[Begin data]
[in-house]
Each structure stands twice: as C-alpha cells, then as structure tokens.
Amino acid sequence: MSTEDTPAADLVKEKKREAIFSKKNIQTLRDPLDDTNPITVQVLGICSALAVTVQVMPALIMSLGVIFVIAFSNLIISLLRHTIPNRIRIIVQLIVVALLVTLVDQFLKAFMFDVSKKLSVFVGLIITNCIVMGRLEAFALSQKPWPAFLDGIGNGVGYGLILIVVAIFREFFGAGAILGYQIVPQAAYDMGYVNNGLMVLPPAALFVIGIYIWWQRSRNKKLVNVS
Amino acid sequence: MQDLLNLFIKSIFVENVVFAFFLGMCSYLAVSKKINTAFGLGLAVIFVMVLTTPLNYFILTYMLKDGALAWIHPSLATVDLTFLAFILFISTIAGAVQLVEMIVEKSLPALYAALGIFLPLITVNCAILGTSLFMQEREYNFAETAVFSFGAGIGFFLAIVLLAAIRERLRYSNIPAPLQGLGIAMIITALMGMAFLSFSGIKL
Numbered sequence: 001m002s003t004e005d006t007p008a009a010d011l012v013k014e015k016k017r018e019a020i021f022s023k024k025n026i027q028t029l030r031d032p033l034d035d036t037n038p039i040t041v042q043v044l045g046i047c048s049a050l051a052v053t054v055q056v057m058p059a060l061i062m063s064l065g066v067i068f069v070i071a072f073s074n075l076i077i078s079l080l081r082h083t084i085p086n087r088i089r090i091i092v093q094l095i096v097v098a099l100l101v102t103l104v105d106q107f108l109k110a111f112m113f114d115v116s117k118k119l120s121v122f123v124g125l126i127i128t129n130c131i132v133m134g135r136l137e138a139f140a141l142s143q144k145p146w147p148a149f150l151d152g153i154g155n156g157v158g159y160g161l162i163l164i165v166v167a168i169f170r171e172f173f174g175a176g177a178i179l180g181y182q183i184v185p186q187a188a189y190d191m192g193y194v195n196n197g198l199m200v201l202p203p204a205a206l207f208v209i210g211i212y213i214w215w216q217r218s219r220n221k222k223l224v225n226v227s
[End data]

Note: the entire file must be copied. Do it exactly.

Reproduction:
[in-house]
Each structure stands twice: as C-alpha cells, then as structure tokens.
Amino acid sequence: MSTEDTPAADLVKEKKREAIFSKKNIQTLRDPLDDTNPITVQVLGICSALAVTVQVMPALIMSLGVIFVIAFSNLIISLLRHTIPNRIRIIVQLIVVALLVTLVDQFLKAFMFDVSKKLSVFVGLIITNCIVMGRLEAFALSQKPWPAFLDGIGNGVGYGLILIVVAIFREFFGAGAILGYQIVPQAAYDMGYVNNGLMVLPPAALFVIGIYIWWQRSRNKKLVNVS
Amino acid sequence: MQDLLNLFIKSIFVENVVFAFFLGMCSYLAVSKKINTAFGLGLAVIFVMVLTTPLNYFILTYMLKDGALAWIHPSLATVDLTFLAFILFISTIAGAVQLVEMIVEKSLPALYAALGIFLPLITVNCAILGTSLFMQEREYNFAETAVFSFGAGIGFFLAIVLLAAIRERLRYSNIPAPLQGLGIAMIITALMGMAFLSFSGIKL
Numbered sequence: 001m002s003t004e005d006t007p008a009a010d011l012v013k014e015k016k017r018e019a020i021f022s023k024k025n026i027q028t029l030r031d032p033l034d035d036t037n038p039i040t041v042q043v044l045g046i047c048s049a050l051a052v053t054v055q056v057m058p059a060l061i062m063s064l065g066v067i068f069v070i071a072f073s074n075l076i077i078s079l080l081r082h083t084i085p086n087r088i089r090i091i092v093q094l095i096v097v098a099l100l101v102t103l104v105d106q107f108l109k110a111f112m113f114d115v116s117k118k119l120s121v122f123v124g125l126i127i128t129n130c131i132v133m134g135r136l137e138a139f140a141l142s143q144k145p146w147p148a149f150l151d152g153i154g155n156g157v158g159y160g161l162i163l164i165v166v167a168i169f170r171e172f173f174g175a176g177a178i179l180g181y182q183i184v185p186q187a188a189y190d191m192g193y194v195n196n197g198l199m200v201l202p203p204a205a206l207f208v209i210g211i212y213i214w215w216q217r218s219r220n221k222k223l224v225n226v227s